People living with multiple sclerosis (MS) can experience many different symptoms from the nerve damage MS causes. For some, their fingers bend or curl toward their palm. This may make the hand look like the claw of an animal — hence the term “claw hand.”
“Does anyone experience their fingers curling into a ball? Or when you hold your hand out, your index finger falls down and the pinky goes up?” asked one MyMSTeam member.
People with MS may have claw hand due to symptoms of MS or from an unrelated condition.
Claw hand refers to a hand deformity in which your fingers curl in toward your wrist or palm into a claw shape. It may be difficult to extend or open your hand. This condition can be temporary or permanent, depending on the cause.
Members have described how claw hand affects them: “My left hand is curled up in the morning. I have to pry my fingers open, and I have a lot of itching.”
Another member said, “Digging my nails into my palm and having the ‘claw’ issue causes me to constantly stretch my palms and fingers.”
Claw hand may limit how well you can use your hands. Even if you have little to no MS-related disability in the rest of your body, the condition can severely affect your hand function. In a study of more than 20,000 people with MS, about 60 percent were experiencing hand function impairment when they were diagnosed. Lost sensation, strength, or motor control forced up to 40 percent of those people to make adjustments in their daily life.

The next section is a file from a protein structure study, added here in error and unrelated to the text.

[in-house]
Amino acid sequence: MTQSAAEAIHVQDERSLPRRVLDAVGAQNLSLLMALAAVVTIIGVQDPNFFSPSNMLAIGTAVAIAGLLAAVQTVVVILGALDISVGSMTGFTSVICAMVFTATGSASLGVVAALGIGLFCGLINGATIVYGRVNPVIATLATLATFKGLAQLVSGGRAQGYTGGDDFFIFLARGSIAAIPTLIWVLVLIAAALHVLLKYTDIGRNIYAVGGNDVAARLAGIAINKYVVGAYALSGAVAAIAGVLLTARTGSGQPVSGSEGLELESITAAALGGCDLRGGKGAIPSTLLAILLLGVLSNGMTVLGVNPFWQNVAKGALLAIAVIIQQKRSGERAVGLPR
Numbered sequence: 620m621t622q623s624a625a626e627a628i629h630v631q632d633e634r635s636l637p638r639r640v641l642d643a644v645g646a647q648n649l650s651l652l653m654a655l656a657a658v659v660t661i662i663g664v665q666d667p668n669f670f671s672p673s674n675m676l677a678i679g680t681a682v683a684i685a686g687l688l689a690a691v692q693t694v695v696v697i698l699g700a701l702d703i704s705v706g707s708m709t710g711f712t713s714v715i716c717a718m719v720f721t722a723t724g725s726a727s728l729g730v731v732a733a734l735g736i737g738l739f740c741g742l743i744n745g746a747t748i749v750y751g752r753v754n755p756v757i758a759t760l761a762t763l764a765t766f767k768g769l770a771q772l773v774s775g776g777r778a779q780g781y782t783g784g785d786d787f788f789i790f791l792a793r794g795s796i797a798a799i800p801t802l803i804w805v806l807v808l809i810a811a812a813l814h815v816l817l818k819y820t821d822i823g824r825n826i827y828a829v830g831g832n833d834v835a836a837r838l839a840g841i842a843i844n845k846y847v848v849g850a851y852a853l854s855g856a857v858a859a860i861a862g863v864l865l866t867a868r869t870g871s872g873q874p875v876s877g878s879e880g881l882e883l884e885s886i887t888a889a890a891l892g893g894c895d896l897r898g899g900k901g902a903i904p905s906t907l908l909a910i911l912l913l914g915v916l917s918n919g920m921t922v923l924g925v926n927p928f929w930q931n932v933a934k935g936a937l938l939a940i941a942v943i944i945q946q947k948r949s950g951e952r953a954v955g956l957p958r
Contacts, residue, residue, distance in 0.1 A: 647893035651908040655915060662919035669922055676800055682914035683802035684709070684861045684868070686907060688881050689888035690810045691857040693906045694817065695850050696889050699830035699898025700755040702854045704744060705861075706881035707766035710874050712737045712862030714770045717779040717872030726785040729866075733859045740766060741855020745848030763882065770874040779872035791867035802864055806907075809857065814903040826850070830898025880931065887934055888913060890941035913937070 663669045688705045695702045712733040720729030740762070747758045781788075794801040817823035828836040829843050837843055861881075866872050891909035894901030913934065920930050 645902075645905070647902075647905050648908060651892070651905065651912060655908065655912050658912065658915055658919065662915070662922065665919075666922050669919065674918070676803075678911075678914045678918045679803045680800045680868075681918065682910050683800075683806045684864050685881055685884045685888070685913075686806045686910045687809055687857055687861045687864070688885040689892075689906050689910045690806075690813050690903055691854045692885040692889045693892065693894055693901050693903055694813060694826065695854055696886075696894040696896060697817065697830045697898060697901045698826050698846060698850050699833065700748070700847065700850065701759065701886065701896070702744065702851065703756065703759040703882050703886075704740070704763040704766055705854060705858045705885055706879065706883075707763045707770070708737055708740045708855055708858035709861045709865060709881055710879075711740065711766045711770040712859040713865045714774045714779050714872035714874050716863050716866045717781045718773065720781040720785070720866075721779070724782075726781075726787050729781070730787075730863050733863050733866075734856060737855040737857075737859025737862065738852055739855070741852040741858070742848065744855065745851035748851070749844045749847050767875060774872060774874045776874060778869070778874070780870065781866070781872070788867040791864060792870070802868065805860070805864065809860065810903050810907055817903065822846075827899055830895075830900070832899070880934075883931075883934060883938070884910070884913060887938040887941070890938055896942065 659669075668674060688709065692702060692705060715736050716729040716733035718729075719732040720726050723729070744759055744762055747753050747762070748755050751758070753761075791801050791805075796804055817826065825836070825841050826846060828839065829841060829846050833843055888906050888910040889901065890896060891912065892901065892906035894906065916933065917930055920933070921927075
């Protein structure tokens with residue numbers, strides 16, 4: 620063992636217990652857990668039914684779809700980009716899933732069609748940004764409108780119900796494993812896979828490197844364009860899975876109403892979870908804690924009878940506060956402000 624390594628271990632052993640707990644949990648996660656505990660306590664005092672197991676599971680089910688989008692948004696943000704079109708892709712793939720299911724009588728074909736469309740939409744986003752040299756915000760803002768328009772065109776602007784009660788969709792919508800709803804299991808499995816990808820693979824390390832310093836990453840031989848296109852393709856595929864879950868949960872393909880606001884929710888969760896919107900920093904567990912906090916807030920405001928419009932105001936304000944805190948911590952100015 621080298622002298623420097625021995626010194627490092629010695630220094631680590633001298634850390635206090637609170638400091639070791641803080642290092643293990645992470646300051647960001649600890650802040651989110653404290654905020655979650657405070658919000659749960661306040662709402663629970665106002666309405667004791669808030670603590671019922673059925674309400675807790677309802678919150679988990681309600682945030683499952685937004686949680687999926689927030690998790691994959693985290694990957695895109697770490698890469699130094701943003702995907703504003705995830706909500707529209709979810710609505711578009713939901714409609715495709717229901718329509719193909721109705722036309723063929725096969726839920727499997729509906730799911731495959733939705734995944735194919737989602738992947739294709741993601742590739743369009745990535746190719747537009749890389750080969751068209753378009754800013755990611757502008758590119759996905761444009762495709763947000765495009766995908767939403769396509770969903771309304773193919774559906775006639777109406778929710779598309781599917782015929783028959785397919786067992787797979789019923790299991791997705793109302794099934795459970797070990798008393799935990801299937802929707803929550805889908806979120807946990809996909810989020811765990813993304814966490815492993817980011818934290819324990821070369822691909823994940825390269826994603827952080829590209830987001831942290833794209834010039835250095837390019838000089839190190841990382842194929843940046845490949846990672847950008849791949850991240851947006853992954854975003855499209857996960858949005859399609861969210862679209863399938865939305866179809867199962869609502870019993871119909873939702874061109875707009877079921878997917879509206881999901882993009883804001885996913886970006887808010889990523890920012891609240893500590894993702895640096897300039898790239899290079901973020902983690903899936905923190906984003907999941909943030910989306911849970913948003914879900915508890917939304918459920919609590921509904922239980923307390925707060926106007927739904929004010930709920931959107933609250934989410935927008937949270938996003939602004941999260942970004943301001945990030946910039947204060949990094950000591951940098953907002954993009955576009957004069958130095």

Difficulty with using your hands is a common early symptom of MS. “My MS started with two fingers on my left hand. Gradually, all of my fingers felt a diminished sensation at the fingertips,” said one MyMSTeam member.
Diminished or unusual sensations in your hands — called peripheral neuropathy — is another common symptom of MS.
Having impaired manual dexterity (ease of using your hands) can reduce your level of independence. You might find it harder to complete tasks of daily living, such as getting dressed, cooking, and using the toilet. A MyMSTeam member shared, "My hands will spasm into claws so badly that I refrain from driving any farther than the store.”
Working may also become more difficult if you can’t use your hands. In countries that link health insurance and employment, keeping your job is essential to maintaining access to affordable health care.
Any condition that affects the nerves in the hand can cause your fingers to bend inward. Claw hand can be congenital (present at birth) or develop after an injury or a health condition. People with MS can experience finger curl as a symptom of MS or an unrelated condition.
Possible causes of finger curl include:
Rarely, an infection such as leprosy can result in claw hand.
MS is an autoimmune disease that attacks the nerves of the central nervous system (CNS). People living with MS can experience a wide range of symptoms based on which part of the CNS is affected. If MS causes a lesion (damage) that affects how your nerves communicate with the muscles of your arms or hands, it could cause claw hand.